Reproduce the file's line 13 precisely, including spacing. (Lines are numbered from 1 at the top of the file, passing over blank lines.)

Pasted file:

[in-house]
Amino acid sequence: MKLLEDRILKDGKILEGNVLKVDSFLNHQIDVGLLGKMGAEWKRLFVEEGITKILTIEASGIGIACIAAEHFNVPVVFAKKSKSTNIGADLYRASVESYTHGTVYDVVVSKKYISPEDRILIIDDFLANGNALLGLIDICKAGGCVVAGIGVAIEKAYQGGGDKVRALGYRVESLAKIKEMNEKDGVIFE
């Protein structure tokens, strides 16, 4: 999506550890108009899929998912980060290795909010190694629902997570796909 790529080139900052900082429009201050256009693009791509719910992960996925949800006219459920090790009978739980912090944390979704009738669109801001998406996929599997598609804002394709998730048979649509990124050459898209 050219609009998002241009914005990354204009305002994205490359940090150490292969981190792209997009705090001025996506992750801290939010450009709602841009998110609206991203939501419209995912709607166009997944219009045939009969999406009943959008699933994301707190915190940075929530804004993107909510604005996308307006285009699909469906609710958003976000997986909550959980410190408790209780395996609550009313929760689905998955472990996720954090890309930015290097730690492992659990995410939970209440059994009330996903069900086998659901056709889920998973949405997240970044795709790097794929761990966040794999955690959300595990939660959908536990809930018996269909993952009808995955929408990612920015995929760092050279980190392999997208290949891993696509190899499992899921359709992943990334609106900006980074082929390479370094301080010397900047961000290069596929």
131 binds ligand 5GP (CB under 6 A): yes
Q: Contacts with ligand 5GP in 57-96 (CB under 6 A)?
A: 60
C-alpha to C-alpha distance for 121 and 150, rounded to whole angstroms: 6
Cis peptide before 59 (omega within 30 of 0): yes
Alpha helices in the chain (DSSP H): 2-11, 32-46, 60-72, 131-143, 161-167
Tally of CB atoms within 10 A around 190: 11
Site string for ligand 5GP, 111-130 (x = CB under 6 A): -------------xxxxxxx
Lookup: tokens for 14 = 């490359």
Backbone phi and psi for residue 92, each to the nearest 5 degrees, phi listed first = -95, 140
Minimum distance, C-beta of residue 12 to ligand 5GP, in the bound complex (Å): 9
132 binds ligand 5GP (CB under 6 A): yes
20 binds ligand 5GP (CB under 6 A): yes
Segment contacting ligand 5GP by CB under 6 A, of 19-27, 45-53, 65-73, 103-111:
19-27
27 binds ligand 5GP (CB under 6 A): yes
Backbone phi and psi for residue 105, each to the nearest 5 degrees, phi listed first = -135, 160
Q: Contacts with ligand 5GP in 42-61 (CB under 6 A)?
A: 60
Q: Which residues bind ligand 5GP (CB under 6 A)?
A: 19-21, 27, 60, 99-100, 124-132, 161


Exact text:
Backbone phi and psi for residue 92, each to the nearest 5 degrees, phi listed first = -95, 140